I work for a nonprofit focused on games and learning, and for various reasons, I’ve interacted with quite a few ad agencies in the past few months. One recurring theme was a strong desire on their part to understand games. As an upfront disclaimer, I am not a game designer. (That said, working around coal does result in a bit of dust in one’s lungs.) With that disclaimer, I offer up a boilerplate message to your client who’s interested in gamifying their product.
Last week CNN’s Fortune website published an intriguing article by Shelley DuBois titled The Real Threat Facing the Airlines. In it, DuBois argues that the most pressing threat to large airlines is their lack of understanding and support for their most valuable asset—their brands. There are a few smaller airlines that are highly focused on brand (Jetblue, Virgin, Southwest), but the larger carriers are still competing on price (a losing battle to commodification).
The author brushes on the key ingredient to success, but what’s missing is a deeper exploration of brand in this context. While it’s fine to appreciate the smaller, successful carriers’ smart branding and marketing efforts (JetBlue’s recent “Happy Jetting” campaign, for example), that alone wouldn’t push them past their competitors. A key ingredient to each of these companies’ successful brands is their focus on user experience across various touchpoints.
Over the past 4 days I’ve received 23 27 30 calls from a toll-free number. If I picked up the call, I’d hear the end of a message (no identifying details). Thinking it’s rare for a toll-free number to be call-able, I didn’t even try to call the number back. Finally on the 3rd day, a message was left, and when I listened to it, I realized it was my bank calling.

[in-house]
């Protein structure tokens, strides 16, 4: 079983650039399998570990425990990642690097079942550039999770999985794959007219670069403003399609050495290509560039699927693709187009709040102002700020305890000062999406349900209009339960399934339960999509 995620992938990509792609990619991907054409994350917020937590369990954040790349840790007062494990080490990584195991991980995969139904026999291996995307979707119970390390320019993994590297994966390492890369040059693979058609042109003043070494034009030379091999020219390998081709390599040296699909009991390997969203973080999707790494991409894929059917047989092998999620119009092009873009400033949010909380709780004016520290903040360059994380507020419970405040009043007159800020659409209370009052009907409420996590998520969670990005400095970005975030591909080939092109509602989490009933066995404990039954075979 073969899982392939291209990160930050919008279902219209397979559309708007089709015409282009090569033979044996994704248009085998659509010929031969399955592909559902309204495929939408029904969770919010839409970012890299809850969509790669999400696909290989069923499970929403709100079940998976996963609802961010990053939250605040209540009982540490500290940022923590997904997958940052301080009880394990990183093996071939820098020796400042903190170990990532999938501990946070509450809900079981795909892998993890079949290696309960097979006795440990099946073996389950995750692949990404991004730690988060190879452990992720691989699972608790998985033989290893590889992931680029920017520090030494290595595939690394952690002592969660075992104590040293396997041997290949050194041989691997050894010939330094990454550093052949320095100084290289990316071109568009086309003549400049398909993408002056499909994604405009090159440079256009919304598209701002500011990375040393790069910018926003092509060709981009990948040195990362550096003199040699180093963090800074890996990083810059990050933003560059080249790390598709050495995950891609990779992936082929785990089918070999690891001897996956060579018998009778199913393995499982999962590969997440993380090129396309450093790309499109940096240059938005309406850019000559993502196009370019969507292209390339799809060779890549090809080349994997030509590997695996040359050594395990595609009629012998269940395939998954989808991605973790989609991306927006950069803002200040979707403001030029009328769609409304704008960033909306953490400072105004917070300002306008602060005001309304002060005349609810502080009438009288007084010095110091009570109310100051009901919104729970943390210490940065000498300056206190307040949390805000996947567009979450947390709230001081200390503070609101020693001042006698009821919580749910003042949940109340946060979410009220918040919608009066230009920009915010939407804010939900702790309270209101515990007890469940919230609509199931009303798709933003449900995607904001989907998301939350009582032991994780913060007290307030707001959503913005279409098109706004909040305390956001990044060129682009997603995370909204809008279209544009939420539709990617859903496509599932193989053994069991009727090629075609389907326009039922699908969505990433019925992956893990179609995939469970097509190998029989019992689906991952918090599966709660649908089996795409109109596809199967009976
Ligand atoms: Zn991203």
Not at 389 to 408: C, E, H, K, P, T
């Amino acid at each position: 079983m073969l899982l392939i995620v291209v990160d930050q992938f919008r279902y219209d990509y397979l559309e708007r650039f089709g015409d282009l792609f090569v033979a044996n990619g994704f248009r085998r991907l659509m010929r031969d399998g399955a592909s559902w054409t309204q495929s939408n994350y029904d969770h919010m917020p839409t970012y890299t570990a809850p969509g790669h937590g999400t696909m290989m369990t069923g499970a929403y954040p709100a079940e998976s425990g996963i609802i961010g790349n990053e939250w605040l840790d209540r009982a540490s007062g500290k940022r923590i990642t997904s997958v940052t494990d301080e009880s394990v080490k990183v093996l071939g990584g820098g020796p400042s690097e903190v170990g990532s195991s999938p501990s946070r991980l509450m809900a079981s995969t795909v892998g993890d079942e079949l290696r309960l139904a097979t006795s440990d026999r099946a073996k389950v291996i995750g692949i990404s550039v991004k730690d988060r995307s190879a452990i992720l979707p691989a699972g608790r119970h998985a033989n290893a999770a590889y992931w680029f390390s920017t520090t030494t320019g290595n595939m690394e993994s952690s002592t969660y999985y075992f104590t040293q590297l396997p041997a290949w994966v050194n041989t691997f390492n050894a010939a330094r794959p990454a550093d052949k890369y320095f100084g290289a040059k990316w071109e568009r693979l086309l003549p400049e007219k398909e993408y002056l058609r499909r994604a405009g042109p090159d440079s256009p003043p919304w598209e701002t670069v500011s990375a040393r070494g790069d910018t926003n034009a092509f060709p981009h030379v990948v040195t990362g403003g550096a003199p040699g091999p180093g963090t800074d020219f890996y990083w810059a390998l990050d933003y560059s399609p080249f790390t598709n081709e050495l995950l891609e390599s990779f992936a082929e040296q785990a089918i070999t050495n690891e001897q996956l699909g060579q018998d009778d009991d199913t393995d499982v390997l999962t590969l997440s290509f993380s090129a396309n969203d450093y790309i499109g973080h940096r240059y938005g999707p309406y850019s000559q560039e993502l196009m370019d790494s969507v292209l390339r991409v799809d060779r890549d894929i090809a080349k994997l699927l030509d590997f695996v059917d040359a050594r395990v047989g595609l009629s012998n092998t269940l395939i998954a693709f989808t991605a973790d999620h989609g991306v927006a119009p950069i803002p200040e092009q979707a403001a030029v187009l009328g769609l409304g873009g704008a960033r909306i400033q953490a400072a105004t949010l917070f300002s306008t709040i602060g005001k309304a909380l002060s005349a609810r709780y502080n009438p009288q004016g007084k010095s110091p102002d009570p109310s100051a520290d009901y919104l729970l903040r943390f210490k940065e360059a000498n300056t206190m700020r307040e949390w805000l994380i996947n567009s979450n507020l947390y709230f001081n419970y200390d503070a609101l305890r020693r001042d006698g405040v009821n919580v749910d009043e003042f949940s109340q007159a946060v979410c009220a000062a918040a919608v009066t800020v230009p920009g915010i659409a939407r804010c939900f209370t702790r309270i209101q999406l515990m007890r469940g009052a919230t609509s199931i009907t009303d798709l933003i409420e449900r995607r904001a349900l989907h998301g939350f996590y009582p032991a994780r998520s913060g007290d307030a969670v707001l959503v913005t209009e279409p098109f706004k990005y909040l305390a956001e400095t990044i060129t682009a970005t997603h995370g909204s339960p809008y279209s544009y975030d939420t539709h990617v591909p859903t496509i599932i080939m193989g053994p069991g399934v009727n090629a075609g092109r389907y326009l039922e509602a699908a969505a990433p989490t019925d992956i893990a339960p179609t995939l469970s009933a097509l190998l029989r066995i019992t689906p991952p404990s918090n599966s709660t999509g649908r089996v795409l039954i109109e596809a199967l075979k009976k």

Recently decided to give TD Bank a try and applied for (and secured) a loan from them. I chose them for their better interest rate, and figured if it made sense, I’d shift all of my accounts over from Citibank, who I’ve used for personal and business accounts for the last twelve years.
Advertising in our online banking is here to stay, so there’s no point in whining about it. However, since online banking is a task-based interaction, it’s tricky to get this right. Citibank often gets it wrong, and the most frustrating example is a modal lightbox that appears during the signoff process.
The New York Times public editors very public utterance. Great summary + analysis from Clay Shirky on newspapers meeting readers’ needs vs. their own expectatins. The very fact that the question was raised by Brisbane is shocking and unlikely to go away. Fully expect this to be dissected in UX classes and textbooks in the near future.
I’m a big fan of the Cheat Sheet published daily by The Daily Beast. As soon as the iPhone app came out, I downloaded it and its become my morning ritual to crawl out of bed, make coffee, and catch up with the news via the app. Sadly, it’s also become a ritual to be aggravated at the app each and every morning. What are the issues? Speed, stability & buggy image display.
Awesome tail-chasing experience with Adobe today. Here’s the rundown:
- Call main support line.
- Navigate phone tree.
- Rep #1 gives me number for Enterprise group.
- Call new number.
- Rep #2 transfers me to different department.
Great post by Seth Godin on building trust and the importance to brands. Definitely easier to cut corners in an experience than do the hard work. Better to take the long view, work it out, and create a better experience for your customers. In the process you’ll build trust and build your brand in a real, sustainable, long-lasting way.
Seth’s Blog: Trustiness.
Ask pretty much anyone in the US these days how they feel about banks and you can probably guess what the tone and tenor of the answer will be. But wait – all the advertising we see from the banks paints them as great institutions, looking out for our security and making life easier. Why isn’t that sticking?